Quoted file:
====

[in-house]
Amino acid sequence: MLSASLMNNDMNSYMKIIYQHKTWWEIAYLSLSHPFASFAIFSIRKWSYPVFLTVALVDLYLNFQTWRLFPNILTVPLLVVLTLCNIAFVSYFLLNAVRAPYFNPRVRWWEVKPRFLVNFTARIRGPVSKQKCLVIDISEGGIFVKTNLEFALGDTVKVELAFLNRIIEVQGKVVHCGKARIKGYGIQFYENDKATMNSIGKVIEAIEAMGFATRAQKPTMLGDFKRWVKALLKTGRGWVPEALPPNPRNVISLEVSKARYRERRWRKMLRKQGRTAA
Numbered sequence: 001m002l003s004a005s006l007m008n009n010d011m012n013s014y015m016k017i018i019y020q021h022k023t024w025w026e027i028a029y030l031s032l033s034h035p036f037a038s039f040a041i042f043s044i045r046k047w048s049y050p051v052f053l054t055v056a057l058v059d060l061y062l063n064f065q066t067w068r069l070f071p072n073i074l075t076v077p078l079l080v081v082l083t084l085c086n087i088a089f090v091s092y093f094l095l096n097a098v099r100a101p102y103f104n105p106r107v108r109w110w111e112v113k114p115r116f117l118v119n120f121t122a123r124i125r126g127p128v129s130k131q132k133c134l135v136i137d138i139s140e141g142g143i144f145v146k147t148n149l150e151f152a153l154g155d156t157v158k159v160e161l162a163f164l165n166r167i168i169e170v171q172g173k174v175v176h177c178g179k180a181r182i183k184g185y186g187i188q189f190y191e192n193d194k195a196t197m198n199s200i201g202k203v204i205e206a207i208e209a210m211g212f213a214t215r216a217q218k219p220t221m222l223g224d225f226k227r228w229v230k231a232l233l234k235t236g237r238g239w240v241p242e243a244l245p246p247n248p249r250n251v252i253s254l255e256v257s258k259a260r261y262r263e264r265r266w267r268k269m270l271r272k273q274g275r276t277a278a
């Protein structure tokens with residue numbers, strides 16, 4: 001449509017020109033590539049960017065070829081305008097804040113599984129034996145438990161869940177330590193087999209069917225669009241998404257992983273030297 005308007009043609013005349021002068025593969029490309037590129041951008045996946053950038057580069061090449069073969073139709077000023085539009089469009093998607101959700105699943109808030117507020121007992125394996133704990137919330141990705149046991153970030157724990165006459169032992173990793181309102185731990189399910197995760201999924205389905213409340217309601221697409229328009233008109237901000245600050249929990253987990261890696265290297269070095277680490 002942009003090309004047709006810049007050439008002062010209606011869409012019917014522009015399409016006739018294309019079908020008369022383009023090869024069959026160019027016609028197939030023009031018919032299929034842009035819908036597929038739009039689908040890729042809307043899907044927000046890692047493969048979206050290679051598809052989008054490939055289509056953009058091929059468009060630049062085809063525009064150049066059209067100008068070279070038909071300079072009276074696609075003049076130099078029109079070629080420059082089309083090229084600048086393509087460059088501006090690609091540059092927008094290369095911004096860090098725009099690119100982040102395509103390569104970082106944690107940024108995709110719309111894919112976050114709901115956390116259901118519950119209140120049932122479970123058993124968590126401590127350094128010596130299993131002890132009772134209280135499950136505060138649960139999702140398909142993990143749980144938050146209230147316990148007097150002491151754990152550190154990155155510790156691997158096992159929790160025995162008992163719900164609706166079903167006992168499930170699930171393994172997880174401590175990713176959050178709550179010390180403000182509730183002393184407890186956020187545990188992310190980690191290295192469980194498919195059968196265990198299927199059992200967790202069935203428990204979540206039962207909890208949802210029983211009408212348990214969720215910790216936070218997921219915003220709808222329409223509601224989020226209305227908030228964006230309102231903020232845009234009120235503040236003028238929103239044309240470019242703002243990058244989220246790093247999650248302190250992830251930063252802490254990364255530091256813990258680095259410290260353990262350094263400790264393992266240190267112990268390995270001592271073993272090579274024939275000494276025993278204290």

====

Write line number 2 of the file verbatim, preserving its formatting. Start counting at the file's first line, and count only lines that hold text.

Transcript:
Amino acid sequence: MLSASLMNNDMNSYMKIIYQHKTWWEIAYLSLSHPFASFAIFSIRKWSYPVFLTVALVDLYLNFQTWRLFPNILTVPLLVVLTLCNIAFVSYFLLNAVRAPYFNPRVRWWEVKPRFLVNFTARIRGPVSKQKCLVIDISEGGIFVKTNLEFALGDTVKVELAFLNRIIEVQGKVVHCGKARIKGYGIQFYENDKATMNSIGKVIEAIEAMGFATRAQKPTMLGDFKRWVKALLKTGRGWVPEALPPNPRNVISLEVSKARYRERRWRKMLRKQGRTAA